Hand in hand with the growing interest of investors of very different types – from young people who allocate a few hundred euros to experience the vertigo of the ups and downs of bitcoin to great fortunes in the hunt for strong returns – authorities are increasingly focusing their attention on this world. The consulting firm PwC admits an “exponential” increase in recent months in clients with inquiries about the tax implications of crypto assets.

The approval of the law on prevention and anti-fraud measures, which obliges trading platforms for these digital currencies to collaborate to prevent fraud, has triggered the number of inquiries. María Sanchiz, partner in charge of the PwC Family Business, assures by videoconference: “We advise clients with significant capital gains of more than 100,000 euros. They are people who invested a long time ago and have obtained very important profits or large assets that are beginning to invest in cryptocurrencies as an alternative good to diversify their portfolio ”.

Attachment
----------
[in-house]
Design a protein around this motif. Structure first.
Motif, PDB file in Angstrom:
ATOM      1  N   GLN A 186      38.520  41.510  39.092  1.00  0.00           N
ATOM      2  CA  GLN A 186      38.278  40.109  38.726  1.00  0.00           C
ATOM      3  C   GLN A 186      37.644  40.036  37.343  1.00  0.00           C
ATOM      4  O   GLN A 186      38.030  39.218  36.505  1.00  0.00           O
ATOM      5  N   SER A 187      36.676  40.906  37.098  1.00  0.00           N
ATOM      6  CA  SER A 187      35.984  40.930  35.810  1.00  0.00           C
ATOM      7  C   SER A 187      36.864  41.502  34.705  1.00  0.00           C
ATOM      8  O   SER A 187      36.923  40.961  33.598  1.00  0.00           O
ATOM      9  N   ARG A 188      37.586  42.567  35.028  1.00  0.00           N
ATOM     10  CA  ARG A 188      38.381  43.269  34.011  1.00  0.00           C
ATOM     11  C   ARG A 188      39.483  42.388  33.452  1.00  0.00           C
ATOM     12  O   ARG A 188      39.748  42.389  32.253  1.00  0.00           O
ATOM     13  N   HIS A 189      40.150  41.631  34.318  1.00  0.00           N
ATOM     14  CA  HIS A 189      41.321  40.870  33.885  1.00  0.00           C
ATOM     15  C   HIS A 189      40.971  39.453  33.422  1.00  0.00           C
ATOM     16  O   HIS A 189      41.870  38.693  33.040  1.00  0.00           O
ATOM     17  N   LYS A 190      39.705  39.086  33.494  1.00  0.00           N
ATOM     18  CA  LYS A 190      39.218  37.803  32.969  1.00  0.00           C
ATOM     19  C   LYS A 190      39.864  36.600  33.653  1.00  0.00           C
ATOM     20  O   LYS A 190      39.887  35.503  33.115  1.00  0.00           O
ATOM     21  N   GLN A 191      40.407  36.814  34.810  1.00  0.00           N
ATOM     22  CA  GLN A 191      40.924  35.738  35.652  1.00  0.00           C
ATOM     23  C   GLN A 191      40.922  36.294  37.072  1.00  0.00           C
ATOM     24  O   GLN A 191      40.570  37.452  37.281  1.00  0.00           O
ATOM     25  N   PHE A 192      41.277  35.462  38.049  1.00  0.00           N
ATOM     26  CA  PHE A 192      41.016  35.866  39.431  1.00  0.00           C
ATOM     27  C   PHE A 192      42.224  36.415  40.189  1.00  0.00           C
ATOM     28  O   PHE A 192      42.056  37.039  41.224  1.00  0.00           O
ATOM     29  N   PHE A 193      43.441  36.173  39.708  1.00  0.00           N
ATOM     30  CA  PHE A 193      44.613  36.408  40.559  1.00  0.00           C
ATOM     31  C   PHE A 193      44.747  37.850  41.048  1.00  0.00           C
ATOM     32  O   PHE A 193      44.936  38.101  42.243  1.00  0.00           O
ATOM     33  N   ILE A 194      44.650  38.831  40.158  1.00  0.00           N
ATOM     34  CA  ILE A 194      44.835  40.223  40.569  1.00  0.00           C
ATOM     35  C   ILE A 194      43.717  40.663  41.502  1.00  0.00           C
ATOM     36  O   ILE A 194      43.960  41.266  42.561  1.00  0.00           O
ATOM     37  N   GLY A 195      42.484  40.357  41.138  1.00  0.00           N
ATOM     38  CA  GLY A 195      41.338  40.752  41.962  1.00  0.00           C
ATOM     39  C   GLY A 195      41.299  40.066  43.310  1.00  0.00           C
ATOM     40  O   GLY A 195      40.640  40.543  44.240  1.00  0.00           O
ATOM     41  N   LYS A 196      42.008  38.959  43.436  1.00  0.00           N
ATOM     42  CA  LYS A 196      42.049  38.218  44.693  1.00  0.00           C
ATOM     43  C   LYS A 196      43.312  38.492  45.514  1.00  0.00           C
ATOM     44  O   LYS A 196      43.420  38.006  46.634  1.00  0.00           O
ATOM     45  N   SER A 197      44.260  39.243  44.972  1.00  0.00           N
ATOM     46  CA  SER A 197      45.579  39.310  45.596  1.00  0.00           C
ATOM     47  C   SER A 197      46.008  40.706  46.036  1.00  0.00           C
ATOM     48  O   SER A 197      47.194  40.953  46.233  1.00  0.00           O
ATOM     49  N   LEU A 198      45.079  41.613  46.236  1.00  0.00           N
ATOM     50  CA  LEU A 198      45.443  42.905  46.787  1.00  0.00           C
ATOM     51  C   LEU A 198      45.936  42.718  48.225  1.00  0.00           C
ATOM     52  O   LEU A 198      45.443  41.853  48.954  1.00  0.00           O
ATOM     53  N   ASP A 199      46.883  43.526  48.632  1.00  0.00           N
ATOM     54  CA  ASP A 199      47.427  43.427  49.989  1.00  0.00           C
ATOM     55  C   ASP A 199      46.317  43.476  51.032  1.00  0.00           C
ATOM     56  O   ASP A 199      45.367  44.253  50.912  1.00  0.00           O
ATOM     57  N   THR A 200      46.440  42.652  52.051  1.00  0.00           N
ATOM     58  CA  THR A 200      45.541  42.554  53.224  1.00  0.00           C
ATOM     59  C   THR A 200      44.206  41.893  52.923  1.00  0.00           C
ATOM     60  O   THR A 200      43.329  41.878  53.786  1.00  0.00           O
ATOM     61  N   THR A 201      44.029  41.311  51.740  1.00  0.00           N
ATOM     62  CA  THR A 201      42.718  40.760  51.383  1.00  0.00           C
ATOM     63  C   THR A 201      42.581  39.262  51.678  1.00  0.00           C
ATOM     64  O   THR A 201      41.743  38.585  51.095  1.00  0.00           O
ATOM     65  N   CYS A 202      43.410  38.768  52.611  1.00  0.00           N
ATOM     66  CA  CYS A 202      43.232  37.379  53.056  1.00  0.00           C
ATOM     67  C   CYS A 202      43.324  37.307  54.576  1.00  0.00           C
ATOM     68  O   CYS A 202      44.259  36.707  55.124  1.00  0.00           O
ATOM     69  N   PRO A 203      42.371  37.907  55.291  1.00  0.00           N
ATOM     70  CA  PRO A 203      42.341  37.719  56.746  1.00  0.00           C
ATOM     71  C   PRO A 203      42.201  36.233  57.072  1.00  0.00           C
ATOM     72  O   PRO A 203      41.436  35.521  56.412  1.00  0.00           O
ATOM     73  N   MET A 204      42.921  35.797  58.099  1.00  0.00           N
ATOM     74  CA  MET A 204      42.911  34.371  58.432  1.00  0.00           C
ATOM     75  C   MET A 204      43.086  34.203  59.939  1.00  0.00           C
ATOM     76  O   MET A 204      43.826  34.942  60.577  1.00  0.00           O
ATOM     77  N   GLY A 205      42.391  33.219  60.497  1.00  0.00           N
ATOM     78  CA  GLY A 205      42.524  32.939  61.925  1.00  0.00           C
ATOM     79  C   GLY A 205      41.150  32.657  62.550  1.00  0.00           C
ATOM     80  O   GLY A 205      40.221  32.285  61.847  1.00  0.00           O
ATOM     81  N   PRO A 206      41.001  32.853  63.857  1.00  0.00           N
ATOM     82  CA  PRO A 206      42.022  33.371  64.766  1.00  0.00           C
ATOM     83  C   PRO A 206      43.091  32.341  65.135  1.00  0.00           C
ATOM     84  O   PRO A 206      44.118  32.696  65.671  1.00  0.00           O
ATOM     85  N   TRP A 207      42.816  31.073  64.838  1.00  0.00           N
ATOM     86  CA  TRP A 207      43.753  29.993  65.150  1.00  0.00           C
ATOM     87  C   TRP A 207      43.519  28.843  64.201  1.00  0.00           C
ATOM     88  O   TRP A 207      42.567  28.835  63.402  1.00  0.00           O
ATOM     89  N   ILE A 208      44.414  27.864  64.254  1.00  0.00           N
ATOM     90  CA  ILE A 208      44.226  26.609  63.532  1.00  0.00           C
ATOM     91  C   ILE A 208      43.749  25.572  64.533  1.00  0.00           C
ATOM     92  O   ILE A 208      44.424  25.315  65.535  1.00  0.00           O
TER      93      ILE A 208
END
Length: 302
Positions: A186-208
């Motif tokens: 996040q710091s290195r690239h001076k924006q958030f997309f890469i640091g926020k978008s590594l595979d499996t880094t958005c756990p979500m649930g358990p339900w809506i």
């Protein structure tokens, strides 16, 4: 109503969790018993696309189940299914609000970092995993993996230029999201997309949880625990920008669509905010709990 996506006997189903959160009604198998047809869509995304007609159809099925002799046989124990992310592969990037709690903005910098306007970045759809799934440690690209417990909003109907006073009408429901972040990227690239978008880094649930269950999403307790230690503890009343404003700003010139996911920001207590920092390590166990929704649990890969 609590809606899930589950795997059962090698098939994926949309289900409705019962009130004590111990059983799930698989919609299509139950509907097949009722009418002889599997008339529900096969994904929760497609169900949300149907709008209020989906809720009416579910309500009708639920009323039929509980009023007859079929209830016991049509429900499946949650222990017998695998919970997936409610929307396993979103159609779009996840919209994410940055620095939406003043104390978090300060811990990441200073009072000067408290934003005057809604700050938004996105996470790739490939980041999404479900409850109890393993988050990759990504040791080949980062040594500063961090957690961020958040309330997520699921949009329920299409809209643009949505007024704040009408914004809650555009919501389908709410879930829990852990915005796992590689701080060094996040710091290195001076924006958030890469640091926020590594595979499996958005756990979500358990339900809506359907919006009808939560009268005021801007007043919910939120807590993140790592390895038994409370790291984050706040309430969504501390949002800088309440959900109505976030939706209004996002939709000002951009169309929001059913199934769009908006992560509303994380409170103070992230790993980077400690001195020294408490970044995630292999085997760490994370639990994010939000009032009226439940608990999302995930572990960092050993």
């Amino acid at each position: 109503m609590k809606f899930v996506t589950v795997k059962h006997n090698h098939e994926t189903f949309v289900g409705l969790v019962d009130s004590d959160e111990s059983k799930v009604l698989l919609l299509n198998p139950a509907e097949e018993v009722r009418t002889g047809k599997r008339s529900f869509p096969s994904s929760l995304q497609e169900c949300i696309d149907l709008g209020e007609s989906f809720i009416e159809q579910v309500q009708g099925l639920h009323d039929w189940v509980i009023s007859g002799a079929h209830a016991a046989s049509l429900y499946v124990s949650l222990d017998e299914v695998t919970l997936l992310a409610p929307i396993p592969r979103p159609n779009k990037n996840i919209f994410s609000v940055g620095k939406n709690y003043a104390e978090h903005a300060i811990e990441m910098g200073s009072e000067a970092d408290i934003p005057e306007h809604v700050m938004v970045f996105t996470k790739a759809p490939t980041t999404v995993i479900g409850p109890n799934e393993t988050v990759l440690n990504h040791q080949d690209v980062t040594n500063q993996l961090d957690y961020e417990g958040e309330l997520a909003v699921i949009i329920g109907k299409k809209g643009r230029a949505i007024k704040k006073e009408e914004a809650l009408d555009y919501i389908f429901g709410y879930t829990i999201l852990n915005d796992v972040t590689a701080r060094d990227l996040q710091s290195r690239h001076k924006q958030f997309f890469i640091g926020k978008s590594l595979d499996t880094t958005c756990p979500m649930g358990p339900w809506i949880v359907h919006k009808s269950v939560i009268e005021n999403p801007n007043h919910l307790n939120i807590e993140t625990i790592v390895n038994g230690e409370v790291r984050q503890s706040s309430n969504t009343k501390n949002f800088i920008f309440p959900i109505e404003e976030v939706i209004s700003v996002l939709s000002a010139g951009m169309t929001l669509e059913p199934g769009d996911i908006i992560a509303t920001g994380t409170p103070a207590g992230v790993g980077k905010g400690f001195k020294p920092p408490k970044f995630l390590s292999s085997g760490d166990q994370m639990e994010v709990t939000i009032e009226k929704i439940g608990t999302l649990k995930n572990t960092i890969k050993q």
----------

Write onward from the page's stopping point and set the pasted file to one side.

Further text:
Detective task

Sanchiz explains to his clients that they must undertake an almost detective task to reconstruct the operations that have reported those profits and thus clear the suspicions that these funds come from illicit activities. “Many people believe that you only have to declare what you have obtained with cryptocurrencies when you exchange them into euros or another legal currency. But any change between these assets, for example from bitcoin to ethereum, already represents an increase in assets that must be declared ”, details this expert. If the earnings obtained come from the last four years, the tax treatment will be similar to that of currency exchange, for example, from dollars to yen. And there a rate of between 19% and 26% would apply.